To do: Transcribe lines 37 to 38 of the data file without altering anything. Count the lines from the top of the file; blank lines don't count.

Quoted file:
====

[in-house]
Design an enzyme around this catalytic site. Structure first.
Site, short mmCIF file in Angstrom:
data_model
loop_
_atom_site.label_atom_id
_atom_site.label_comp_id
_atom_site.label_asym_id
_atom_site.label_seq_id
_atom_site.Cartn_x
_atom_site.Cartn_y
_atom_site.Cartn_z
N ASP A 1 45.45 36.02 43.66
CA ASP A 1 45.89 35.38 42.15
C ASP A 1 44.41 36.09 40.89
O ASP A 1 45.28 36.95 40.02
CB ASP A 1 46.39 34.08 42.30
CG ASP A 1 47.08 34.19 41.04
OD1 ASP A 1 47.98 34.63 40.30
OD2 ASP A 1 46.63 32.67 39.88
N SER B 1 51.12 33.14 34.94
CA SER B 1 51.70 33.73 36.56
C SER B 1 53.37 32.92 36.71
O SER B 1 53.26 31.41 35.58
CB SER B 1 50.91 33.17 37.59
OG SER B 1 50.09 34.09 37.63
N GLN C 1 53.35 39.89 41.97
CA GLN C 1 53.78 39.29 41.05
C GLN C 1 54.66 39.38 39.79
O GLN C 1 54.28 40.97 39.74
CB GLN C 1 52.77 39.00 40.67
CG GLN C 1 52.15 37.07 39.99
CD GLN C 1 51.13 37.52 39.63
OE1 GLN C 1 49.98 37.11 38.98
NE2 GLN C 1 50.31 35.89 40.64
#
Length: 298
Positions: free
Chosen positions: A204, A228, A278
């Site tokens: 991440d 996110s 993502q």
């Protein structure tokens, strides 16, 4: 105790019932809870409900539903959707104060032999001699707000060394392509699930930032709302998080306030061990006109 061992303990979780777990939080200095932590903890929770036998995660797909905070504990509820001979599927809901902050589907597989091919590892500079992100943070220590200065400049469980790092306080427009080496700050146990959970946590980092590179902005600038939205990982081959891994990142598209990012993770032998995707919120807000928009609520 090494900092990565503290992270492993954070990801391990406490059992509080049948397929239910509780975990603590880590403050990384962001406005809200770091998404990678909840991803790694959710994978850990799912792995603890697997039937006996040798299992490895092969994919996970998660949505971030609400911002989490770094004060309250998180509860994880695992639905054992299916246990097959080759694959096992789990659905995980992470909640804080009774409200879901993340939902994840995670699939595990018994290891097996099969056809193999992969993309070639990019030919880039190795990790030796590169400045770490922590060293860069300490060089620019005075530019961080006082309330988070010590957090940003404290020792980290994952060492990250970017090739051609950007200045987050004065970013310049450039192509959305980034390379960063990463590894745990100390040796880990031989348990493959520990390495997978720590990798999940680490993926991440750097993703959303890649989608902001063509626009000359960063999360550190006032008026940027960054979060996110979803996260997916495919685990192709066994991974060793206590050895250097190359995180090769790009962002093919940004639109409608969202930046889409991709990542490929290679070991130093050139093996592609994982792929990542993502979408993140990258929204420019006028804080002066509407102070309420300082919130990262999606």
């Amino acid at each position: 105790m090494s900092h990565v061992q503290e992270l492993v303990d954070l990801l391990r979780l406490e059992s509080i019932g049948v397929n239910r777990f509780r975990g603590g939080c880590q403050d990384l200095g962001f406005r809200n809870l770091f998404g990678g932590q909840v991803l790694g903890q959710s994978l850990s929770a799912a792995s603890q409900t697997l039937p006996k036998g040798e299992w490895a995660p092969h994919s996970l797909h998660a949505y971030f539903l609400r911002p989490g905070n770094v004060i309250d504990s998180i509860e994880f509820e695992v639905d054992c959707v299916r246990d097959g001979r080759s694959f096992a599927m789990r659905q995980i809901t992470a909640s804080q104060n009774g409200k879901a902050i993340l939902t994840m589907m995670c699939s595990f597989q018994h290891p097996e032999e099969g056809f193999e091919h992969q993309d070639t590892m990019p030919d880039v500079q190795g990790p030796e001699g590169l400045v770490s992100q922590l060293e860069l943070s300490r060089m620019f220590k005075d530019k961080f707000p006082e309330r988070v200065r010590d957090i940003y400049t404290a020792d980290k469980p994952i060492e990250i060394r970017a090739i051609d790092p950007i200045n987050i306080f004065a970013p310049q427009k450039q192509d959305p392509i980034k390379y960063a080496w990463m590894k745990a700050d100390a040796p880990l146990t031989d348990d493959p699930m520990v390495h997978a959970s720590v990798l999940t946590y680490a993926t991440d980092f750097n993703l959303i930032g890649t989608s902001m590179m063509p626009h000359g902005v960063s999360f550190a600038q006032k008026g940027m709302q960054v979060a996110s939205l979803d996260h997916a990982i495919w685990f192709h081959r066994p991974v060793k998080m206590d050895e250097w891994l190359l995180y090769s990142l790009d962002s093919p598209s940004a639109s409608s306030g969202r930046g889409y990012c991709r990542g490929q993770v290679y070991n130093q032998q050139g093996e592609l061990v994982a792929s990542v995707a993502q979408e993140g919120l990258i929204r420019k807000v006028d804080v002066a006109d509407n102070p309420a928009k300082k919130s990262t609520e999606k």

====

Length: 298
Positions: free